Reading & Writing

Coming This Year: The Writers’ Service

I did an interview the other day in which I was asked if I had any phrases or watchwords by which to live, and I suggested two; Nobody loves a good all-rounder. and, No tombstone ever read, ‘This writer always delivered on time.’ By which I mean; it takes whatever it takes, however long it […]

When Writing Becomes Teamwork

‘Nobody admires a good all-rounder.’ This was the motto of my earliest teacher/mentor Mr Scholar (really). It was advice I took to heart, by concentrating all my efforts on the subjects in which I excelled and dumping the vast majority I was lousy at. But it left me deficient in a number of skills, so […]

Ten Writing Tips That Work

If you’re coming in a few pages short in your manuscript, switch your typeface to Helvetica – it will add around 6 pages to every 100. Sometimes you can streamline and improve your story by imagining it in a different format, a comic book, a play, a piece of art even. A story is malleable; […]

Give Yourself A Word Workout

In these post-Christmas weeks, everyone’s going on about weight and healthy eating, but nobody worries about developing language and communication. We only use a fraction of the words available to us. The Oxford English Dictionary currently holds 171,476 words in regular use and 47,156 obsolete words. By comparison, the Chinese dictionary has 370,000 words. We have a regular […]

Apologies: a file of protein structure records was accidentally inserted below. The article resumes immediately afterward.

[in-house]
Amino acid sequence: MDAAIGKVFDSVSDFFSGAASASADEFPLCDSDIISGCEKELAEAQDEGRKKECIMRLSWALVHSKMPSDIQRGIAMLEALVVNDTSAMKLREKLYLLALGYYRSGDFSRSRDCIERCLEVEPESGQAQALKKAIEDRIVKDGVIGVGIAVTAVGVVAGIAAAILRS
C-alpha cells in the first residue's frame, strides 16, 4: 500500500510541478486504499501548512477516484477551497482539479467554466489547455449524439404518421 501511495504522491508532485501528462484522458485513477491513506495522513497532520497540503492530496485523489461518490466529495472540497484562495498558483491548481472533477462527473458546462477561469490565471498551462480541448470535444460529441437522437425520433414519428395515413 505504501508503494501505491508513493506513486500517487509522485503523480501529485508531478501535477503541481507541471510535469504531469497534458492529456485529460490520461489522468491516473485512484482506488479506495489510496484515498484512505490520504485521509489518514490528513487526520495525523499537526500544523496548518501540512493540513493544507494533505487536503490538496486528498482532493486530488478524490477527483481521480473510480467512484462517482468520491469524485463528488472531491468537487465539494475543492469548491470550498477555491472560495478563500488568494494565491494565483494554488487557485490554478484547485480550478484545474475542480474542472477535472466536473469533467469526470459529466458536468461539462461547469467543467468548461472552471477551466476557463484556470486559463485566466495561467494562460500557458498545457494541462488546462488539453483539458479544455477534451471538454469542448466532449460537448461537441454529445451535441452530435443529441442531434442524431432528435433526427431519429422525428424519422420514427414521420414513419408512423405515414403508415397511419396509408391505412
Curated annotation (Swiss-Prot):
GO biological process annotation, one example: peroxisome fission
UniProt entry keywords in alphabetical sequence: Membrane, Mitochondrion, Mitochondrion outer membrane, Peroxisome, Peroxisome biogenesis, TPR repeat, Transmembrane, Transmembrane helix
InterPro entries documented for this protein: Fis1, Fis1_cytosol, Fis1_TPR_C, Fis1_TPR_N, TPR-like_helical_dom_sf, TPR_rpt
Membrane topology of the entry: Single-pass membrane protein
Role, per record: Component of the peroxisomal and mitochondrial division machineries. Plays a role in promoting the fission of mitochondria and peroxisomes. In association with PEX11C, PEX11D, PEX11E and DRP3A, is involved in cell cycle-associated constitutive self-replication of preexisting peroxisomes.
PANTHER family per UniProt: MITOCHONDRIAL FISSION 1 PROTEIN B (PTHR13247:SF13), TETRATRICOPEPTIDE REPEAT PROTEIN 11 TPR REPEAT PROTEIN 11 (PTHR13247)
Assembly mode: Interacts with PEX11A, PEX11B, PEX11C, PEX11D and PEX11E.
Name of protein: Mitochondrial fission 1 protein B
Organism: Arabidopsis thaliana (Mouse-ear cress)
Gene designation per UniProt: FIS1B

Chang-Siu And The Blade Of Grass

Following on from yesterday, here’s a story that was grouped under the banner of ‘horror stories’ when the collection should really have been labelled ‘Stories of the Fantastic’. I wrote it because I like Marguerite Yourcenar’s style of writing, and wanted to catch something of the same tone. See what you think.   Long, long […]

‘Don’t You Write Horror Stories?’

I was once at a literary gathering – this was very early on in my career – and rather nervous about being in the company of so many university Eng. Lit. graduates. Back then it was a much rarer privilege to go to university. This particular group of three with whom I was standing talked […]

How Authors Were Shaped By Their Readers

I still search for reasons why men aren’t reading fiction, and wonder if the time-consuming habit of box set bingeing has made a difference. Apart from the vast difference between enjoying prose and watching images, is watching the whole of ‘The Night Manager’ different to reading the novel in one sitting? How does anyone find […]

End Of Year Q&A

It feels like I did a million Q&As this year, but I realised I hadn’t done one for you. So today you’re the guest editor. You can ask me anything you ever wanted to ask about writers and writing, or any aspect of the arts, and I’ll try to give you some concise answers. Imagine […]

Why Authors Are Forgotten: Part 6

In Richard Hughes’s ‘A High Wind In Jamaica’, some British children living in the Caribbean survive a hurricane and are sent back to England, but are captured by pirates. It’s an adventure about children, but certainly not aimed at them. Because in a turnabout, it’s the pirates who have to be afraid…it’s a haunting book […]

Why Authors Are Forgotten: Part 5

  The project of unearthing these writers became a labour of love that made me new friends around the world, as I tracked them down and heard their stories. I discovered how Walt Disney saved banned European writers, how a bestselling Tibetan monk turned out to be a plumber from Devon and how Alfred Hitchcock […]